in the works - in preparation, being planned or worked on Don`t worry about whether or not we will be building the new computer lab. It is definitely in the works.

in the wrong

- wrong; against justice, truth or fact The driver was in the wrong and was arrested by the police after the accident.

in time - early enough I didn`t come home in time to meet my cousin.

into thin air - completely, without anything left The group of hikers vanished into thin air and were never heard of again.

in touch - talking or writing to each other, giving or getting news We are still in touch even though we have been out of school for many years.

in tow - being pulled The truck had a trailer in tow when it went off the highway.

in tow - being taken from place to place, along with someone She spent the morning at the shopping center with her child in tow.

in tune - going well together, in agreement, matching We have been in tune with each other ever since we met at our high school graduation party.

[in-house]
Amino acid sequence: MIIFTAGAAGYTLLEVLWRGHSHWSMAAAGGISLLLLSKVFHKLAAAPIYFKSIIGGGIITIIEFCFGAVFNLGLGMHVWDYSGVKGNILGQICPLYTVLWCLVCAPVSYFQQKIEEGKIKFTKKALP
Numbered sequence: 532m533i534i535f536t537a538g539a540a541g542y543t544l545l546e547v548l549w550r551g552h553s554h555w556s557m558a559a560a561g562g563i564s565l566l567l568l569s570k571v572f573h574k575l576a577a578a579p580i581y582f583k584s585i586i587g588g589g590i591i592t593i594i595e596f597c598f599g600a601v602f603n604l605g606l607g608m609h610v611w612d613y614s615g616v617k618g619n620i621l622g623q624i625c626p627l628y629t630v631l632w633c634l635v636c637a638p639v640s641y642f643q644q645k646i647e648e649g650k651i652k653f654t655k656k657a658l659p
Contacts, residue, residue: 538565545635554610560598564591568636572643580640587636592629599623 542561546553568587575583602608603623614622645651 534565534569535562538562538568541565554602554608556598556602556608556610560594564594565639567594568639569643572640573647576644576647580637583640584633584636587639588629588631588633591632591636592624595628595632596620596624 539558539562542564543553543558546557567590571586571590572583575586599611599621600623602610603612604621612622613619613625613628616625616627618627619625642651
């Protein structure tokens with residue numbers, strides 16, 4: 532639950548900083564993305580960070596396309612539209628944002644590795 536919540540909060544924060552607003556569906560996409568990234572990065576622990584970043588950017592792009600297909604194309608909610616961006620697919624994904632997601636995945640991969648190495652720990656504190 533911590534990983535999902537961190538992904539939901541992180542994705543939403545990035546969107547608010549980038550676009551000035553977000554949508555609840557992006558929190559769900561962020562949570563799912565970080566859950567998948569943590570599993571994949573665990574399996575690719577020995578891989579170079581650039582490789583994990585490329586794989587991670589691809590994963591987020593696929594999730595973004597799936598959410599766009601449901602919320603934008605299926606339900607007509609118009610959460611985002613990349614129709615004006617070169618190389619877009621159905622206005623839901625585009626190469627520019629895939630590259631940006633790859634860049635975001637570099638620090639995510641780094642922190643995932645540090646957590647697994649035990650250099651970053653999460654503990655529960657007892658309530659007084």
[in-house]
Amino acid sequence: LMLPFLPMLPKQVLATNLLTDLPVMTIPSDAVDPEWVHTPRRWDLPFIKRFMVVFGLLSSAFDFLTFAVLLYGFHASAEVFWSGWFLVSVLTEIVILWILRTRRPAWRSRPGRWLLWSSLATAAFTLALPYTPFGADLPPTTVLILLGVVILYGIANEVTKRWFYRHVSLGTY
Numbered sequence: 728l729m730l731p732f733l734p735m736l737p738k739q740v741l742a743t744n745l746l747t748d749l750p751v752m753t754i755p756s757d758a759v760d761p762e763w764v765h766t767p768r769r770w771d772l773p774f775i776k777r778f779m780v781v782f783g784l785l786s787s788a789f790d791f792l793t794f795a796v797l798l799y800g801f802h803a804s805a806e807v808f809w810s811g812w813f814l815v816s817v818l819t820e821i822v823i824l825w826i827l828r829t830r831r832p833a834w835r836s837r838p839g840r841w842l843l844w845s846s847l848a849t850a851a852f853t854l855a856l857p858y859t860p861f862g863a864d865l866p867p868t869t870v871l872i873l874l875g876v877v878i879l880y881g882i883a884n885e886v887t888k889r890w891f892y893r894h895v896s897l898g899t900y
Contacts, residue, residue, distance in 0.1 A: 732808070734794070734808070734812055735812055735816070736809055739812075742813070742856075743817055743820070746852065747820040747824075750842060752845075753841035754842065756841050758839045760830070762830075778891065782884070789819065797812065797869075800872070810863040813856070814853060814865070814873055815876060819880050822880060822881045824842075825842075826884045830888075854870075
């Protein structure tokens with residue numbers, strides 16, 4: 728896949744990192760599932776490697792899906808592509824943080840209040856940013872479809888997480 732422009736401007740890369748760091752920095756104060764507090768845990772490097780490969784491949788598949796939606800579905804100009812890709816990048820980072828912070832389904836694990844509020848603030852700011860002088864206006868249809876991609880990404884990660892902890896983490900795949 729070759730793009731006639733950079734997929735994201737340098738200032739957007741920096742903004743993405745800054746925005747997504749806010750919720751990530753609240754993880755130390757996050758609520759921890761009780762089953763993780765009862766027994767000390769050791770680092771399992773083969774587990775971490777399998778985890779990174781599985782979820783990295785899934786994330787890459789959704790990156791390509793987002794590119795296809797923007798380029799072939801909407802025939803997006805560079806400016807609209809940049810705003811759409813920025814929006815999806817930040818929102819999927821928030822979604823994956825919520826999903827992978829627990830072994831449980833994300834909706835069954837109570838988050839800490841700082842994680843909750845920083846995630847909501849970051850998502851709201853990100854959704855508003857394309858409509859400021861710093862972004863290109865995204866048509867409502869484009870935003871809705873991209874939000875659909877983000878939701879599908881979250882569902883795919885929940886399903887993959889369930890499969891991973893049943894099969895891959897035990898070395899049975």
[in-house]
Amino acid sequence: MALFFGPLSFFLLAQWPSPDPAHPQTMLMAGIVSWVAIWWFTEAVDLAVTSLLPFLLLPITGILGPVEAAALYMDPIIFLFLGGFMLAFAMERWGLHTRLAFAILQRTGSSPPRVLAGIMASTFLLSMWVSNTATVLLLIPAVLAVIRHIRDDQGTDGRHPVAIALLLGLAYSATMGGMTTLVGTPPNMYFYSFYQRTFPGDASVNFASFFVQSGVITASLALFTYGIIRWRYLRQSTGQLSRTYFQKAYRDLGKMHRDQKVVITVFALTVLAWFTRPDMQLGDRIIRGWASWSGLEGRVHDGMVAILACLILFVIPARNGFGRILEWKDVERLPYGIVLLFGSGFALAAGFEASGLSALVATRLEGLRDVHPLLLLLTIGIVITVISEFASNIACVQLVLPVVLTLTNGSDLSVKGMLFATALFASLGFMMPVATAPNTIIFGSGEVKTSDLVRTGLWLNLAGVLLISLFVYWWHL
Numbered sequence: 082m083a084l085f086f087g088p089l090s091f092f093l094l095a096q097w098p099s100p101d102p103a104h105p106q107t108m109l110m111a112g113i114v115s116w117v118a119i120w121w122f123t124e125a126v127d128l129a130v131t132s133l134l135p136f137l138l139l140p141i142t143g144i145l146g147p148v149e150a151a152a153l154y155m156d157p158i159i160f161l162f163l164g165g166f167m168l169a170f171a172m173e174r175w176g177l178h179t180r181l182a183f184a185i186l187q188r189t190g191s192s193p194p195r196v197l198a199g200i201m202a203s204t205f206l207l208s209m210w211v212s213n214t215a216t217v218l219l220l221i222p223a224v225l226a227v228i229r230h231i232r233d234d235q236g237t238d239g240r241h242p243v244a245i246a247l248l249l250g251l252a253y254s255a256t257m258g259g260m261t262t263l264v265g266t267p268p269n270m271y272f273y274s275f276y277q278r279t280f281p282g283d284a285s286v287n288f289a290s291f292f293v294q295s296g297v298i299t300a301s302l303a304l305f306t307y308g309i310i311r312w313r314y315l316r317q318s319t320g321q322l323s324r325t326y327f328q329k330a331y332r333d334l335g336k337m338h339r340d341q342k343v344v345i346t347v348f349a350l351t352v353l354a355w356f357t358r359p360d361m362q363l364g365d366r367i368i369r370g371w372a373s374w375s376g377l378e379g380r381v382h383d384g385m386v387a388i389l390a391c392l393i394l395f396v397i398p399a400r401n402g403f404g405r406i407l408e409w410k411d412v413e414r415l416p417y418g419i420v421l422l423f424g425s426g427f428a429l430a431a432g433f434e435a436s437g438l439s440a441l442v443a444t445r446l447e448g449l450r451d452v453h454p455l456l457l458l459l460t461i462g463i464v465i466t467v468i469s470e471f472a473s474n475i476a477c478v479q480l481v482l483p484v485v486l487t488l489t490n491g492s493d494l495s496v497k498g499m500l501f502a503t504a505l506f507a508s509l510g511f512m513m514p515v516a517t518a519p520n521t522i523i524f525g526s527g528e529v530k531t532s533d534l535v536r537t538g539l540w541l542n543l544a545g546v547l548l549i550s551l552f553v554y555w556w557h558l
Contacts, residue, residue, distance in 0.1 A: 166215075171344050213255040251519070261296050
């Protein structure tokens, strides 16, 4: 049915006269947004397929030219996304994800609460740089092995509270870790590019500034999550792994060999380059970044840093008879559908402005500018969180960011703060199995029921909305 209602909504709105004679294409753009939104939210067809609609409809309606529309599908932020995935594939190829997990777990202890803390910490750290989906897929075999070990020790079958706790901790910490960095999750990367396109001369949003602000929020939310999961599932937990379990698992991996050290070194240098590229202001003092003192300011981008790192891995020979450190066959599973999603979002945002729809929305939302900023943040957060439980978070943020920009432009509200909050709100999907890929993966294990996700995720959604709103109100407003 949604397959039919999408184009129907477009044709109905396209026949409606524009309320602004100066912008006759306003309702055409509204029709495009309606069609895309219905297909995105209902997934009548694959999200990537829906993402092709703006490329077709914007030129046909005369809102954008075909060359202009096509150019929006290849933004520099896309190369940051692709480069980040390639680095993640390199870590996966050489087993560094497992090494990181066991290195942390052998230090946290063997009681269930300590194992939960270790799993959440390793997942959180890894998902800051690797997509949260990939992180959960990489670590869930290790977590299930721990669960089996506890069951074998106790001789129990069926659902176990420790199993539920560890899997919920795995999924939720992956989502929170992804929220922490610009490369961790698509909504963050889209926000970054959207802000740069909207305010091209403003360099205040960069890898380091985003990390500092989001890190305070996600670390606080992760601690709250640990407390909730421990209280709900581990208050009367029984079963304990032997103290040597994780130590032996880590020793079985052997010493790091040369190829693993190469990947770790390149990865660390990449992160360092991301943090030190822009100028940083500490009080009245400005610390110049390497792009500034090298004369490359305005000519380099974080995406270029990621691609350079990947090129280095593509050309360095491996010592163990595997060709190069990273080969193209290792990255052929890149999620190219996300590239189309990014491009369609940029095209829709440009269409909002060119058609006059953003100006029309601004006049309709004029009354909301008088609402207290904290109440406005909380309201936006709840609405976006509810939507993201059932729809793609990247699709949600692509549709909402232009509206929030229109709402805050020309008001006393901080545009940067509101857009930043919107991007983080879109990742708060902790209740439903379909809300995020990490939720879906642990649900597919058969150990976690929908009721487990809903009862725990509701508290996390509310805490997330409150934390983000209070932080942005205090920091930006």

in turn - each following another We went up to the front of the class in turn in order to pick up our diplomas. in two shakes of a lamb`s tail

- quickly, in no time at all I will have this finished in two shakes of a lamb`s tail and then I will give it to you.

in vain - without effect, without success We tried in vain to find a good job but it was impossible.

in view of - after thinking about, because of In view of the large number of people who have come I think that we will need a bigger room.

in with - in friendship, favor or closeness with I think that he was in with the wrong group of people when he was in high school.

iron out - work out We have ironed out all of our problems and are finally doing better.

irons in the fire - things one is doing, projects with which a person is busy Recently he has too many irons in the fire. That is why he has become sick.

itching palm - a wish for money, greed The guard at the border crossing has an itching palm so be careful of him.

J................................................. ................................................